After visiting half a dozen artists colonies and retreats, I have finally figured out what makes a successful retreat and what makes a for a dud. Like romance, part of it is physical and the rest in in your head. Let me explain.
I have been a guest at a whole range of retreats– from full service pamerfests like MacDowell (New Hampshire) where they bring you your lunch in a basket, to Gilbraltar Pointe Center (Toronto) that was a repurposed elementary school, to my recent stay at La Muse in Southern France. I spent three weeks in Switzerland in 2004 in a set up that was kind of like The Real World, International Nerd Edition. I’ve slept in a haunted mansion, I’ve written in a converted barn. Sometimes I wrote like a maniac and other times I didn’t accomplish a gosh darn thing. And finally, finally, I think I understand what went right and what went wrong.
The physical space matters: I write best when I am in a tidy room with a lot of light. I need a large desk to spread all my stuff out and I need a comfortable chair. And I need not to feel cold. I prefer to write in a different room than the one I sleep in. So, basically, I know myself. I know what I like. Things will go better if I’m comfortable. When you get an acceptance to a colony, mention this to the people and they may be able to accommodate you.
The physical space matters even more when your head is not together. There have been times in my life when the story was just bursting out of me. I wrote sentences on napkins, I woke up in the middle of the night with ideas. (I wrote my first novel in a closet!) When I am in The Zone, all I want from an artist colony is for people to leave me the hell alone so I can do my thing. But when I am not already in a creative frenzy, when the story is not cooperating, I need the environment to woo my muse. I need the creative equivalent of candlelight and Luther Vandross.
The retreat should take up less energy than being at home. Now THIS is the major issue. I have noticed that the fewer services a retreat provides, the more women tend to be in attendance. I think this is because for a lot of women, just being away from their kids is a luxury. (A good friend I met at a colony that I didn’t love, answered all my complaints with “have you noticed that my kids are not here? I’m golden!”) A retreat that is “self catering” (that means no food provided) is fine because because many women find cooking only to feed themselves to be such a treat. I could go on and on, but you get the idea. I was recently at a self-catering retreat in France and between the cooking, hanging my laundry on the line, fetching water from the spring, constantly keeping the fire lit and living in a communal situation, I was wiped out from effort of just staying alive. In my real life, I live in New York, alone. When I am hungry, there is take out. There is drop off laundry service. I have a writing room in my home with an excellent desk and chair. Nobody has keys to this apartment but me. So, the retreat wasn’t so retreaty because it was so hectic. But consider if I was on this retreat five years ago when I was used to working way more hours and I had a lot of personal obligations that were eating up my time. I would have been delighted to live the “simple life” in southern France is it meant I could actually hear myself think, and I would have written up a storm. You gotta a) know yourself and b) know what you’re getting into.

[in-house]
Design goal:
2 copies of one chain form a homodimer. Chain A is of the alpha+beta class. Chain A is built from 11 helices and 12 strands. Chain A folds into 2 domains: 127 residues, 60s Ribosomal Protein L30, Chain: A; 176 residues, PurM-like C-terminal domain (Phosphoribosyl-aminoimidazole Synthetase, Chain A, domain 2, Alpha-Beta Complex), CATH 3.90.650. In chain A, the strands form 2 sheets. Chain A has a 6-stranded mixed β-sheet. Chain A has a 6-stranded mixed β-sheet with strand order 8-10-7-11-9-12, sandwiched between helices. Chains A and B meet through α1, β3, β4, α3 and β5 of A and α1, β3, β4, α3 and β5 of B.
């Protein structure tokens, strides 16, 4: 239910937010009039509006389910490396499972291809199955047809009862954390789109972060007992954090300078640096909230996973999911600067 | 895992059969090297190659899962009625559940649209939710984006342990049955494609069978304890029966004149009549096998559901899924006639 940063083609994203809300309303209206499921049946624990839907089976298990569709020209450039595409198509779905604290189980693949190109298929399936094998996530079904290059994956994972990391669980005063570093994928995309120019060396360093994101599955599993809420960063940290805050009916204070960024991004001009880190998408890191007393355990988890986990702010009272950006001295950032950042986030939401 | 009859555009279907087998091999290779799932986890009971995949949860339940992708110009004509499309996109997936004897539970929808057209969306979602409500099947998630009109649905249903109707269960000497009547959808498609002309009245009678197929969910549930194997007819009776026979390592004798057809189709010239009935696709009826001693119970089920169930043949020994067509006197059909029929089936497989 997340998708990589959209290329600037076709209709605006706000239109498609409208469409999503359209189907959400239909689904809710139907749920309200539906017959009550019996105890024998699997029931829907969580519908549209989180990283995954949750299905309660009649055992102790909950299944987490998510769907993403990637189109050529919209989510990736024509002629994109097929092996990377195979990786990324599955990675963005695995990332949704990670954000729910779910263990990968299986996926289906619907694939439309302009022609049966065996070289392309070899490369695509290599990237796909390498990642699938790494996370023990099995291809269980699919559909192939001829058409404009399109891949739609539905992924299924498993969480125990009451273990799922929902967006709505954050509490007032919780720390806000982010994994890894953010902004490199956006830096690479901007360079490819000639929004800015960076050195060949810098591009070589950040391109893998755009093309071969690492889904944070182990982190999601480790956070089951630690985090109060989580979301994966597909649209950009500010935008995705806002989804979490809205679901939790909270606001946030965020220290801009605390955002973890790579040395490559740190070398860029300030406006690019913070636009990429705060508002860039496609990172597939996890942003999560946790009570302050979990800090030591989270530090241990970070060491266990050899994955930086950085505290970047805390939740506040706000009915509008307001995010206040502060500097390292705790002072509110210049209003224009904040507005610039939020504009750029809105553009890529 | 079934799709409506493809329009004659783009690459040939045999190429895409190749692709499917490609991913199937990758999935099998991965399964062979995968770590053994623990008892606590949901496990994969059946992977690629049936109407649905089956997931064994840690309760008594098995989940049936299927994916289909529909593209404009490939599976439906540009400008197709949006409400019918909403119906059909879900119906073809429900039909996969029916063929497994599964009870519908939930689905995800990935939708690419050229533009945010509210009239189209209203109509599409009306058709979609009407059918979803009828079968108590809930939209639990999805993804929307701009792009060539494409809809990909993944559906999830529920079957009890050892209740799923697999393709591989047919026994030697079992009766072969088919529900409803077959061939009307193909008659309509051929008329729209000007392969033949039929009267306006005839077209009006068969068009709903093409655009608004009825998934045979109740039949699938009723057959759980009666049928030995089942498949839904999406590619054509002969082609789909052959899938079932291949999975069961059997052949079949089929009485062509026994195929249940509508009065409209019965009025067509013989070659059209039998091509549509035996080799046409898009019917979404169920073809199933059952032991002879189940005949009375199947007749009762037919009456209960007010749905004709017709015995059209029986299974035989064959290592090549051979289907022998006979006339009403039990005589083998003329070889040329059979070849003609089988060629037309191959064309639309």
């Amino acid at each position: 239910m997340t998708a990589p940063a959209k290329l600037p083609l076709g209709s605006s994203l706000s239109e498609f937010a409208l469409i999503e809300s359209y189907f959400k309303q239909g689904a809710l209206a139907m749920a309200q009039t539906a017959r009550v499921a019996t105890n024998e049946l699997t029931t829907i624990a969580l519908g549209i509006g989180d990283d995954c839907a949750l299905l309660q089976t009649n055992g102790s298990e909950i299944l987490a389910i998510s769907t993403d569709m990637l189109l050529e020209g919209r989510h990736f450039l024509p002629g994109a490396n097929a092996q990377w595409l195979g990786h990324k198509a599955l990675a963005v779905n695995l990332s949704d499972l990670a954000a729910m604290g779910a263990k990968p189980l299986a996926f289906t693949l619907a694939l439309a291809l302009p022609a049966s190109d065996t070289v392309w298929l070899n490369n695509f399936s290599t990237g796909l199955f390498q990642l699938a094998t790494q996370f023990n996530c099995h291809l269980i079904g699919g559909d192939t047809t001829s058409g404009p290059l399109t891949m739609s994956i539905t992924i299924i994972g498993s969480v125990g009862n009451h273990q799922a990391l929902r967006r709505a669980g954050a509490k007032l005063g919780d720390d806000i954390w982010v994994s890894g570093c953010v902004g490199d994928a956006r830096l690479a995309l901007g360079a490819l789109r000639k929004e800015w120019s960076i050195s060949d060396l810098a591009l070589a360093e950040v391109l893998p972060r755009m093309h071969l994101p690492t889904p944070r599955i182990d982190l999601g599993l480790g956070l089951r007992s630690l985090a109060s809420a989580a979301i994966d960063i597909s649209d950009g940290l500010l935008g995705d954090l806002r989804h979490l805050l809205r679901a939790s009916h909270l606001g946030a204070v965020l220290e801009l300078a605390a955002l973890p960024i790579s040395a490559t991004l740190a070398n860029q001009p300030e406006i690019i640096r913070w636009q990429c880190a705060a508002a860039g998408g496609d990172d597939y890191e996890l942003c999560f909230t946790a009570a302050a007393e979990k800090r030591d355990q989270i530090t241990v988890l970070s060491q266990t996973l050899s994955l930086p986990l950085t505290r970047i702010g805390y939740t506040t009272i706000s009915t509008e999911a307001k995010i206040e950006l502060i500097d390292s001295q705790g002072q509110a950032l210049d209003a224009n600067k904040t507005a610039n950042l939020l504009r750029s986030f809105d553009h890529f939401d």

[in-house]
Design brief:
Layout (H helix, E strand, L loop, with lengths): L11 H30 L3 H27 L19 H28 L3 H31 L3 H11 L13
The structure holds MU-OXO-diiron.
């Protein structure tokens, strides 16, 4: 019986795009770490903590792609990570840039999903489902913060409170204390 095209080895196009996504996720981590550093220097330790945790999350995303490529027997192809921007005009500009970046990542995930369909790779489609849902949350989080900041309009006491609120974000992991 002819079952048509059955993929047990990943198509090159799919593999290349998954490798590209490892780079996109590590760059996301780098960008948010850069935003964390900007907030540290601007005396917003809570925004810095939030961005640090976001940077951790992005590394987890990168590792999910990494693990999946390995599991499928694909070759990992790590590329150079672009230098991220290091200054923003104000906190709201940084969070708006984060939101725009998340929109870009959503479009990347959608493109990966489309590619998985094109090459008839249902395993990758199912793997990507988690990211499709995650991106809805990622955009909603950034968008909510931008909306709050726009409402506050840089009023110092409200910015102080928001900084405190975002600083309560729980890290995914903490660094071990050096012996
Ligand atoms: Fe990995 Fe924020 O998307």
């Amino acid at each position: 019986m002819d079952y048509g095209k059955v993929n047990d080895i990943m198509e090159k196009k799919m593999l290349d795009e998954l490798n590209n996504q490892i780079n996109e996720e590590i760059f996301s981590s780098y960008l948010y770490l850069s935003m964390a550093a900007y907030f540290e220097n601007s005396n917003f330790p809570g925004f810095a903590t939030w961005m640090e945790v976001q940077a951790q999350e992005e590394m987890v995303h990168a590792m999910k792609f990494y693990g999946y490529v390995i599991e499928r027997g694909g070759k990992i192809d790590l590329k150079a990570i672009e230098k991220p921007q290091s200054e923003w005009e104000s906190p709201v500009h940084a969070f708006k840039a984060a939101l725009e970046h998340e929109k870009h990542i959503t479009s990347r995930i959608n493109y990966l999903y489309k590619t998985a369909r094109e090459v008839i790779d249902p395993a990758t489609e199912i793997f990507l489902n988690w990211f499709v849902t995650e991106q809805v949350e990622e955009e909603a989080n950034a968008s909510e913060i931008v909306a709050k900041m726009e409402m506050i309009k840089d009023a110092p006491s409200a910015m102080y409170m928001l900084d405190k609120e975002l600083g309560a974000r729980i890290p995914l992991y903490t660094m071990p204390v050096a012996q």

You have to push yourself even when the circumstances are not ideal. This is not my strong suit. I am capable of spending a lot of time and energy being mad. I can get mad because my room is not up to par. I can get mad because, over wine one of the colonist said something jaw-droppingly offensive. (Oh the stories I could tell! You wouldn’t believe it.) But at the end of the retreat, if you don’t get anything done, only YOU suffer, so you must try and push through whatever isn’t working, just like in real life… but that doesn’t sound like much of a retreat, does it?
Tomorrow, I am heading to Ucross, a writers residency in Wyoming. All my friends who have been insist that it is the pamperfest I have been waiting for. The food has been described as “spectacular”. The grounds “gorgeous.” I’m all packed and I think that I am in a good place in terms of being ready to write. I don’t think I am at the phase where all I need to peace and quiet, but I won’t pitch a conniption about scratchy towels.
Watch this space. I’ll report back with pictures and updates. This next month is really the home stretch for the novel. I need to write “THE END” by Christmas. I’ve let too much time slip away. It’s time to do this thing.